Finally, there are secret doors, which are sometimes obvious and sometimes cleverly hidden within the texture of a given wall. The best way to find these is by checking the automap, where one can easily see doorways within rooms and hallways. Crypts are notably minor variations of this, and have a very small amount of corridors, secrets, and loot. Crypts in certain regions often fall prey to a bug where an actual door will spawn at the entrance to a dungeon, which may cause the character to spawn outside of the dungeon upon entry, and it can create large, inaccessible areas of the crypt that are whole crypt regions in and of themselves.
Towns of four sizes, homes, crypt entry locations, dungeon entry locations, witches' covens, temples, and hermitages dot Daggerfall's immense landmass. All but the capital of Daggerfall itself are subject to a fairly standard encounters when not on a quest: when the player rests a monster or humanoid may be randomly generated, and when manually traversing one can occasionally run into local wildlife. One cannot have random encounters when fast-traveling.
Any location with more than one building is procedurally generated, although this is usually less dramatic than the dungeons. Players will find certain building placement behaviors, like market squares, but for the most part the buildings are fairly separate and don't face in a certain direction except perhaps in the capital cities. Occasionally there will be errors in generation, such as buildings which are on the map but do not exist, buildings which will not label themselves or don't act as commercial buildings when labeled as such, and other anomalies.
Different regions also generate different sprites, so the more tropical home of the Redguard will have wilder flora, and in the north it is more likely to have snowy areas. The land itself is largely flat, with some bumpy 3D surfaces that can occasionally get a bit more rocky in mountainous areas. While navigating Daggerfall on foot the player may stumble upon an undiscovered site or loot.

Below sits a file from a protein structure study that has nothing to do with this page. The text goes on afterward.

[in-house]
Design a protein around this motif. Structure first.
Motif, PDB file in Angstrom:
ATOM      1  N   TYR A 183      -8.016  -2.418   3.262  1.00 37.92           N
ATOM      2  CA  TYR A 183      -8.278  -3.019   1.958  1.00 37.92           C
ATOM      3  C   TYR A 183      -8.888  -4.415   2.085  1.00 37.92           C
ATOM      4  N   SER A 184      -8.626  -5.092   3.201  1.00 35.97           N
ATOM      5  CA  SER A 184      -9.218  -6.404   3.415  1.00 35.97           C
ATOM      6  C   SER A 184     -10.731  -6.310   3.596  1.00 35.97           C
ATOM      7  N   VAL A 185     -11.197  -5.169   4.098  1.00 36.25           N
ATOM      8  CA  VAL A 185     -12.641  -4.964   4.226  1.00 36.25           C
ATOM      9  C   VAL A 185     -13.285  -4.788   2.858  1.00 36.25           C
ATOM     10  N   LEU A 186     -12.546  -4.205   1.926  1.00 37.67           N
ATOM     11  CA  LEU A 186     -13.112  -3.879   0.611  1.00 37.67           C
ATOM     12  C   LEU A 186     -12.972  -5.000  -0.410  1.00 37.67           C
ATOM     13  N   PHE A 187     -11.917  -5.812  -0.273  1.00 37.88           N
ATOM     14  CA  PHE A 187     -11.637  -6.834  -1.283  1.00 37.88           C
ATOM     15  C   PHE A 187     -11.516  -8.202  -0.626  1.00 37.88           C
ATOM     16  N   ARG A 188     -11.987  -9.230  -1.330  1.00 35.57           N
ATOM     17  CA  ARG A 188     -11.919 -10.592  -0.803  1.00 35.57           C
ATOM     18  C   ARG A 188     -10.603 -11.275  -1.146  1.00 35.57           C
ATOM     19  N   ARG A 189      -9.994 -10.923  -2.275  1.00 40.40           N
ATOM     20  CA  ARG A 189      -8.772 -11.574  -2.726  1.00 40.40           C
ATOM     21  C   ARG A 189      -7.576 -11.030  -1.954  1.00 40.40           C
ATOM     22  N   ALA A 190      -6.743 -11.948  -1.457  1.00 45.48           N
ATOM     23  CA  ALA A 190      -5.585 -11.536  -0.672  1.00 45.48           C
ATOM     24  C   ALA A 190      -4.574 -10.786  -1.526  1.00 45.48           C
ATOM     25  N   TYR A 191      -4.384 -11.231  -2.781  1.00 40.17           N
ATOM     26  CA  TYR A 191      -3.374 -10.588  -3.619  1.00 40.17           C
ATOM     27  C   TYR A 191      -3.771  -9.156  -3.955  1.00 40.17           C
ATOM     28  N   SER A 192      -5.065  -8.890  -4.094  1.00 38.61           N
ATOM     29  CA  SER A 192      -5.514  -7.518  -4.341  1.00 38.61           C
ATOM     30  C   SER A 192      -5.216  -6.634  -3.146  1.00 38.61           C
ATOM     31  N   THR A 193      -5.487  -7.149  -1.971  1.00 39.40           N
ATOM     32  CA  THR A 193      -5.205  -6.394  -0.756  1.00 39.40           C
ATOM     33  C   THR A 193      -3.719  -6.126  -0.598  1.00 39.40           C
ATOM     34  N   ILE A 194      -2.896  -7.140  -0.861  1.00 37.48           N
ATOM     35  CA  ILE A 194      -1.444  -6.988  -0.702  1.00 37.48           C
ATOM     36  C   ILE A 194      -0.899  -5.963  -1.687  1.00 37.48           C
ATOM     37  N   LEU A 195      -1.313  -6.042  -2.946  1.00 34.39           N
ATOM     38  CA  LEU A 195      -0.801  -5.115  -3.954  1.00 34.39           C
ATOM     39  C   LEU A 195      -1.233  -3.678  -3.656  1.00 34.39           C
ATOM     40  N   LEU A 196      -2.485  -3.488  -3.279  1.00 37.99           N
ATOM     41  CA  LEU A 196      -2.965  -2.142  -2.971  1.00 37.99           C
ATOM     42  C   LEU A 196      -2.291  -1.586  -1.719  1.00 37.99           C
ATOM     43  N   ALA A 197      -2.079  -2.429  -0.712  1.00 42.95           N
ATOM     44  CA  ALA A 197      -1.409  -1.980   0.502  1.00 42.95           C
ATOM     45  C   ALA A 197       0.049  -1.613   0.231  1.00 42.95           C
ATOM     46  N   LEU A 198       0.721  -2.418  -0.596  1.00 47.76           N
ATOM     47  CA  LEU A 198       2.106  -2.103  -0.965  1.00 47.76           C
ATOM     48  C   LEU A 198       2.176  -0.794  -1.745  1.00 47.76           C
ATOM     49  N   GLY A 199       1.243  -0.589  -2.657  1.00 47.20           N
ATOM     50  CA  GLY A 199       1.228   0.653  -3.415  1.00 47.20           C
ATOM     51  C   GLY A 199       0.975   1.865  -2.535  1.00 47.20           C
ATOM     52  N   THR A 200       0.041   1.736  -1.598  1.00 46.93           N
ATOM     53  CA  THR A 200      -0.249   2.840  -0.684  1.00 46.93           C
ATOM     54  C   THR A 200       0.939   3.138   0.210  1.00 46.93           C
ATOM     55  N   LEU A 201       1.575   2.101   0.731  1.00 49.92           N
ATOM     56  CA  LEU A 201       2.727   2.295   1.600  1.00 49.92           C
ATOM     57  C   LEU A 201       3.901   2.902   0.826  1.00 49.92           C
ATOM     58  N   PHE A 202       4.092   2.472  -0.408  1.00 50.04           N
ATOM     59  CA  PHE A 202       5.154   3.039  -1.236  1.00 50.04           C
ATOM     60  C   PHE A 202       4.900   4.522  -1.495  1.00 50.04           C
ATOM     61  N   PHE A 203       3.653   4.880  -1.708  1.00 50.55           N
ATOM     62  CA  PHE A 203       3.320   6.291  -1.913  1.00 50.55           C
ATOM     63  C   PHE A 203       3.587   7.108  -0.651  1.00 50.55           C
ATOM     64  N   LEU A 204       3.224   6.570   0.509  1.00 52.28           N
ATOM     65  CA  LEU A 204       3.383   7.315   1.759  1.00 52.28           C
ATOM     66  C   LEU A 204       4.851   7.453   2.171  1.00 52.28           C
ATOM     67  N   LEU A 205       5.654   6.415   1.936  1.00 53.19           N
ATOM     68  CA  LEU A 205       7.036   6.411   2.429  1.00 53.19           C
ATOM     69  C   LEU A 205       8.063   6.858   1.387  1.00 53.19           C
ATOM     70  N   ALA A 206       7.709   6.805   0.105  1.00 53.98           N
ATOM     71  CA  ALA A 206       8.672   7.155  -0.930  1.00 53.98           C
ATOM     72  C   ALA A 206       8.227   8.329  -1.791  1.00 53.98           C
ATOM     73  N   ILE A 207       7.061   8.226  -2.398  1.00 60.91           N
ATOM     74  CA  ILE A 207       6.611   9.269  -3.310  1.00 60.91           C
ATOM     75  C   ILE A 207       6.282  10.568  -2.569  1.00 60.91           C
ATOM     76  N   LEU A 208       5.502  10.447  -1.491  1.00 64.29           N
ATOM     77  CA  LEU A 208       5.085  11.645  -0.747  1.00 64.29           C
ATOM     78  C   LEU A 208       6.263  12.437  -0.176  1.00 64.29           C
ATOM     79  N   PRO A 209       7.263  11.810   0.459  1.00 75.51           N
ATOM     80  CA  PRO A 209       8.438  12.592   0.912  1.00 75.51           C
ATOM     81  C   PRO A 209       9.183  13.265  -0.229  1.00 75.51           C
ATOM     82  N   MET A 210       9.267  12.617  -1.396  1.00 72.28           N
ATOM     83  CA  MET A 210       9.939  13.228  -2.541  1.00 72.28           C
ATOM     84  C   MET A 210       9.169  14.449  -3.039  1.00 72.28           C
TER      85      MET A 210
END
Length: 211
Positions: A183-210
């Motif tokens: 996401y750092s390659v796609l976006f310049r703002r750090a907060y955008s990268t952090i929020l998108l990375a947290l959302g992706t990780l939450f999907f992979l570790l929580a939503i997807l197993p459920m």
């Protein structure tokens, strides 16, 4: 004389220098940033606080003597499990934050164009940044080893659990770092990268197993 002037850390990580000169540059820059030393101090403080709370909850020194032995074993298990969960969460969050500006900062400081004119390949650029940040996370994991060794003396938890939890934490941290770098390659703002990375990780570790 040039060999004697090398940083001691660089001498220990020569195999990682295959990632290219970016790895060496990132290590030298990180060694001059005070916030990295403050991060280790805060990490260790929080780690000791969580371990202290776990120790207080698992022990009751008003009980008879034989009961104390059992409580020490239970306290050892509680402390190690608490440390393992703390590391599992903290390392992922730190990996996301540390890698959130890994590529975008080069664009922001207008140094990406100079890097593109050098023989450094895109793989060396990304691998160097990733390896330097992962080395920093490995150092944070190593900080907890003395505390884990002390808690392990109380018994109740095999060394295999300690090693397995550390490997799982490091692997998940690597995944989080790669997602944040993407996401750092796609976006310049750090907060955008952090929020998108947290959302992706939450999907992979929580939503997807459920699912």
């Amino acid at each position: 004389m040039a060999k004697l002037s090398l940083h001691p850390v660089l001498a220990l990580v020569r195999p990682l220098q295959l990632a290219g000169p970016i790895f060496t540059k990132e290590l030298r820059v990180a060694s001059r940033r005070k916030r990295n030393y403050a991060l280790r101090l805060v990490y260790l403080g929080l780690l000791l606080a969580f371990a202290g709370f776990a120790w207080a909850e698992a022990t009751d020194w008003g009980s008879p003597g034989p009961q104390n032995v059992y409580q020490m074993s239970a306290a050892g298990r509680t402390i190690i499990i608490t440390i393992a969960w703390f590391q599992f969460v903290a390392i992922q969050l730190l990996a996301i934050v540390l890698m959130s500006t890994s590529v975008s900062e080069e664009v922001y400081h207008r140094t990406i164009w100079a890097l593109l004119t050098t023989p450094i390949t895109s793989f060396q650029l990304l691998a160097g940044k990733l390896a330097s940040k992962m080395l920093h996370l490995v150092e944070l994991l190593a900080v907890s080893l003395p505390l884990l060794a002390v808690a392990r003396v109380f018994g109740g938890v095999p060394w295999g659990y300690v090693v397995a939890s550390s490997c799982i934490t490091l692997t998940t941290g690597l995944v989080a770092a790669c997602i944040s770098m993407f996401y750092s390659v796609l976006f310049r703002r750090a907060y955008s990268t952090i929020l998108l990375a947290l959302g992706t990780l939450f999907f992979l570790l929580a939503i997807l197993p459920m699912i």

In addition all of these, there is a corner of the map where a ship spawns if one purchases it. This ship is teleported to and exists in the middle of the ocean. Without teleporting it would take hours, perhaps days, real-time to swim back to shore from the ship. Within the ship, like houses that one purchases from the bank, one can place one's possessions in the ship, although they must be placed on the ground, not in containers, lest they disappear.
Outside of all buildings, when one is inside them, is a place commonly called The Void. It is a black non-play area that all buildings exist in. Buildings float in the void, and each building exists in its own void (meaning buildings that are next to each other in a city are not next to each other in the void). The void would be immaterial to the game except that during certain clipping or spawning errors, players can wind up outside of a given building. The void is lethal, as the player character will fall to their death if it is entered (one is often inexplicably paralyzed just before hitting this lethal bottom area), and it is very hard to enter back into a building once exiled, unless one cheats or teleports. Levitation allows the player to move the character about, and the player will be able to see inside building segments, and stand on top of them. Entry is possible occasionally by manipulating the same clipping weaknesses that likely got the player character into the void in the first place.
Creatures, too, can wind up in the void, causing a frustrating problem if an active quest is to destroy these creatures. Creatures in the void are nigh impossible to kill without cheating or being stuck in the void too. On top of this creatures in The Void prevent a character from sleeping or being able to rest due to their proximity to the player.